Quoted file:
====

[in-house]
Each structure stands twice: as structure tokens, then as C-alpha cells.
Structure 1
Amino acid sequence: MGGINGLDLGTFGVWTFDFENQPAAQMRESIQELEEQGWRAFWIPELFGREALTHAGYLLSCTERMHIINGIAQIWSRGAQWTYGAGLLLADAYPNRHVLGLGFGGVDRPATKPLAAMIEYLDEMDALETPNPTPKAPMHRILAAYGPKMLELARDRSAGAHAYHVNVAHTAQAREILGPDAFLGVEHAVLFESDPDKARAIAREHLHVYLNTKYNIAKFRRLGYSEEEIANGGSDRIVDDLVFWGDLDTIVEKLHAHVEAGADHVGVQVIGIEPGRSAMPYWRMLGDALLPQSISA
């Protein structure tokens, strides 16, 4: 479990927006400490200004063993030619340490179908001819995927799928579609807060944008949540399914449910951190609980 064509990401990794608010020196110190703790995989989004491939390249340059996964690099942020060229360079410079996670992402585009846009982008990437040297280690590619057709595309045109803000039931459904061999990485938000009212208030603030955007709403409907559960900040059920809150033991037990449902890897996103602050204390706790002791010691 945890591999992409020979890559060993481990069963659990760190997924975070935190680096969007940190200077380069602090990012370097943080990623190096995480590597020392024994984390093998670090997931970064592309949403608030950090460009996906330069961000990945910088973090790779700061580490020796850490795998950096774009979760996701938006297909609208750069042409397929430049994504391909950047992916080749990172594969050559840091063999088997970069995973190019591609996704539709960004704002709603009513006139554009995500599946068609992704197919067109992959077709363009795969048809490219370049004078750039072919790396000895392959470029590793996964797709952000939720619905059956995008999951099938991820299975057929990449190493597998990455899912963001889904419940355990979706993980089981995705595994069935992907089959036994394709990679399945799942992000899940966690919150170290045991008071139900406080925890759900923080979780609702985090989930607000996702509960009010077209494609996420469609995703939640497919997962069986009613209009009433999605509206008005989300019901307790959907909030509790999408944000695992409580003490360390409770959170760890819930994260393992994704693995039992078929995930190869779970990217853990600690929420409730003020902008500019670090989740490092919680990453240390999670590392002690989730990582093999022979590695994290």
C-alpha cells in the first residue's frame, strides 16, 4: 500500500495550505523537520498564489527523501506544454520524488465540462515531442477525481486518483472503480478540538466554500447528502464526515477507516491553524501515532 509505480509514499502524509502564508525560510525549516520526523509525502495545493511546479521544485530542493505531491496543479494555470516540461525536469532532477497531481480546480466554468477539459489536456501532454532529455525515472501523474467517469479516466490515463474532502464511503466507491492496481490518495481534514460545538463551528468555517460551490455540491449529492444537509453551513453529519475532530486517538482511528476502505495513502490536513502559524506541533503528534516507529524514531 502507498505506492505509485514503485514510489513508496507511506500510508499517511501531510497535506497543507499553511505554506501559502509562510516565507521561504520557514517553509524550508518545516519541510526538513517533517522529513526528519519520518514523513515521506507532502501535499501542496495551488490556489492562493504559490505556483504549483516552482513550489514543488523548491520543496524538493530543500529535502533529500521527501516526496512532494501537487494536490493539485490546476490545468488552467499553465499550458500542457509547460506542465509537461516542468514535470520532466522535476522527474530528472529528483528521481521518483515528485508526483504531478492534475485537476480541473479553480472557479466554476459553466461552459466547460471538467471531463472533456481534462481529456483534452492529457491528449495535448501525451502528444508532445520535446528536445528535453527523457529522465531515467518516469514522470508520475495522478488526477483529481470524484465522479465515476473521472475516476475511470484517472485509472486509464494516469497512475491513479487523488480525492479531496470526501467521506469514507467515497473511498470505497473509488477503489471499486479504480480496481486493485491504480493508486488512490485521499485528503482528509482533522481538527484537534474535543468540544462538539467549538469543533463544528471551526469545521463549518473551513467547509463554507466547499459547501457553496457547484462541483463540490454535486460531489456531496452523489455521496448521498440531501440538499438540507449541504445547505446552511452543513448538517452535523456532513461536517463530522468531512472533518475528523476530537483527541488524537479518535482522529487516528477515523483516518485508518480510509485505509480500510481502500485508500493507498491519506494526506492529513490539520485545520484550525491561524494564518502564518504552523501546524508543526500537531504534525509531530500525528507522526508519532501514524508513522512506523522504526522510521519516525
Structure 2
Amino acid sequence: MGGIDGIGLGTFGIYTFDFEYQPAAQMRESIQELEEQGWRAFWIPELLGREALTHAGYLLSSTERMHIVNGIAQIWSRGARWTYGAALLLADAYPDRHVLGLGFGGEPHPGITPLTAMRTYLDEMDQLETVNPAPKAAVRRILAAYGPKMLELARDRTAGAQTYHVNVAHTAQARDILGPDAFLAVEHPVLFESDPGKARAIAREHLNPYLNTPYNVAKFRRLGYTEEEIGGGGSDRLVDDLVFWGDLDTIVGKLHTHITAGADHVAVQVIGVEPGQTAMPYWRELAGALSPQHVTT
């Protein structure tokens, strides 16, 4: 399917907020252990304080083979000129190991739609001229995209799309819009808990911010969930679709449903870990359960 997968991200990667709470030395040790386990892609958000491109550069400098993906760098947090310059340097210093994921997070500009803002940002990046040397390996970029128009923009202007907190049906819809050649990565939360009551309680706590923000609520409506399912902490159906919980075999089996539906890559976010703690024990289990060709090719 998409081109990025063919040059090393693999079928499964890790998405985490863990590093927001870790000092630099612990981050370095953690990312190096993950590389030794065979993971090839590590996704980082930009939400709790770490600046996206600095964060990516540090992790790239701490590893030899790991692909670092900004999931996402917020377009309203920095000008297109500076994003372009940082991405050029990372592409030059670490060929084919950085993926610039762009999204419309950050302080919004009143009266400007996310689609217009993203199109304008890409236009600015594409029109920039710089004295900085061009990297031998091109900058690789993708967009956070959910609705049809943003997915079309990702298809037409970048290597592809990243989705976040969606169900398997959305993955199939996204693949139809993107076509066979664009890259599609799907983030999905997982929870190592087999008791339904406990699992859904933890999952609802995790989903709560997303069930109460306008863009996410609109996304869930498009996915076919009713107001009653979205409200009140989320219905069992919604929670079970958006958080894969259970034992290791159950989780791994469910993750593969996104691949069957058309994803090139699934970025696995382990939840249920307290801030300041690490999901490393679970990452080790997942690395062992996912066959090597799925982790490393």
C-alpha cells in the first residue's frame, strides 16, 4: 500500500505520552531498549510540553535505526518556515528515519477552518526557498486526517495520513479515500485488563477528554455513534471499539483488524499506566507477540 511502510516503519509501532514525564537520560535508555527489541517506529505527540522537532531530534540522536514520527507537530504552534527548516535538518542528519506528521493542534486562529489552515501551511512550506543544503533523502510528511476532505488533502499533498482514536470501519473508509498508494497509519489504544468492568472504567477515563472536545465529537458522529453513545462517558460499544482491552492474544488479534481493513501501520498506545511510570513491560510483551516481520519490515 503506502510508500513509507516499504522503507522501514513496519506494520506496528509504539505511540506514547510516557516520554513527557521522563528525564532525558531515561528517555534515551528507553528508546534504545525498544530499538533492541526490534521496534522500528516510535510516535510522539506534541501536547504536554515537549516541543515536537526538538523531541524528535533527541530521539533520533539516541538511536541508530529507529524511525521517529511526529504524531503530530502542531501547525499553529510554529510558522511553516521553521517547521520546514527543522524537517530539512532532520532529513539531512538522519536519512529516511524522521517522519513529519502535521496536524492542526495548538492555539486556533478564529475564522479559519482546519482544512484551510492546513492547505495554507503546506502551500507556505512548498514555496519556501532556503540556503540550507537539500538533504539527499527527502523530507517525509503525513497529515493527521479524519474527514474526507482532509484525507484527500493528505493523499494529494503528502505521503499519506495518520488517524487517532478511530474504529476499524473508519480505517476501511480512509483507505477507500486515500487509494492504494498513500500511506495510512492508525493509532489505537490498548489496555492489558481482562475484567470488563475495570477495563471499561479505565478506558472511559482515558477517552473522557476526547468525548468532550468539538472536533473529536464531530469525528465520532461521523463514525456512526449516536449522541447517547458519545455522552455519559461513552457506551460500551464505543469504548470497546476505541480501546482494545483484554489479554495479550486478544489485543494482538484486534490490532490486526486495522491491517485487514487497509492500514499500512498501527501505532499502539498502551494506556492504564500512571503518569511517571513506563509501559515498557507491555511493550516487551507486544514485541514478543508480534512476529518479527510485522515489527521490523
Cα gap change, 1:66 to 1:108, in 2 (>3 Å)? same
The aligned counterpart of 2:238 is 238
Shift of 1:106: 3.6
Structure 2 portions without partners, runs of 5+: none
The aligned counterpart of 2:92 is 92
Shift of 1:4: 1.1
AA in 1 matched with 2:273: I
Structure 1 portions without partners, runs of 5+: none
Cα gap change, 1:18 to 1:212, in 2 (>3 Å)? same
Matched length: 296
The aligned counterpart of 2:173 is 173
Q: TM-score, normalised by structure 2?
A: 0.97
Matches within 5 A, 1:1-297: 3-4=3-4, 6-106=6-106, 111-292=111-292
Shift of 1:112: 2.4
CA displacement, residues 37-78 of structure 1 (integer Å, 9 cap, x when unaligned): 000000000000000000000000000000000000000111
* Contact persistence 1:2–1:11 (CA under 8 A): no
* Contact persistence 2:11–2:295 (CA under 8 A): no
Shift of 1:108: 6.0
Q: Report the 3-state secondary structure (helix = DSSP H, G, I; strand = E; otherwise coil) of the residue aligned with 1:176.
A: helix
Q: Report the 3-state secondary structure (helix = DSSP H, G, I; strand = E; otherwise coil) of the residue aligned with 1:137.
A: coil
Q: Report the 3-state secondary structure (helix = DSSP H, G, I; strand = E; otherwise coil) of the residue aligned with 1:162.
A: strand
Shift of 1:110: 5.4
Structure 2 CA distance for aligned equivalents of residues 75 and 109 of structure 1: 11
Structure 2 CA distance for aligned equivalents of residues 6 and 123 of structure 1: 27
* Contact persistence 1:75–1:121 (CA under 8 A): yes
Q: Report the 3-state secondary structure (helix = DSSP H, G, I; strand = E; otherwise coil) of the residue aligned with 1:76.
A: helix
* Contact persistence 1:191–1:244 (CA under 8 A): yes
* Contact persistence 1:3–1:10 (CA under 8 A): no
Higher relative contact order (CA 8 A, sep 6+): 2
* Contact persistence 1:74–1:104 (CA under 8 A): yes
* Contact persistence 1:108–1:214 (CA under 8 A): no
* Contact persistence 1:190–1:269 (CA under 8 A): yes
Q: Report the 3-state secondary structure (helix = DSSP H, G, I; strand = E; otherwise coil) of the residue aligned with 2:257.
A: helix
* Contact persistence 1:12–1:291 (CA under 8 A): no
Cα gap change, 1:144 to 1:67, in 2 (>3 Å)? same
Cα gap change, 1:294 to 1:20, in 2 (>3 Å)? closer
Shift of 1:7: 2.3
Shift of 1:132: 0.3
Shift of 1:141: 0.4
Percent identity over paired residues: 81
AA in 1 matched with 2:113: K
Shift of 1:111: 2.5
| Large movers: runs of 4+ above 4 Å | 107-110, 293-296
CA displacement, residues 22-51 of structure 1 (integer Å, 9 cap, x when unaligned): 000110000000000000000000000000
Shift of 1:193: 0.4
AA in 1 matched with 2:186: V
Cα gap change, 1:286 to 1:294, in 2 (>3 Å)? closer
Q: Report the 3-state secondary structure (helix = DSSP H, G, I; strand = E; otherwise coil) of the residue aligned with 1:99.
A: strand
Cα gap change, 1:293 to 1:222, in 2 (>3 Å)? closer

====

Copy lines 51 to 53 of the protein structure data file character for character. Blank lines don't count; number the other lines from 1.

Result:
Cα gap change, 1:144 to 1:67, in 2 (>3 Å)? same
Cα gap change, 1:294 to 1:20, in 2 (>3 Å)? closer
Shift of 1:7: 2.3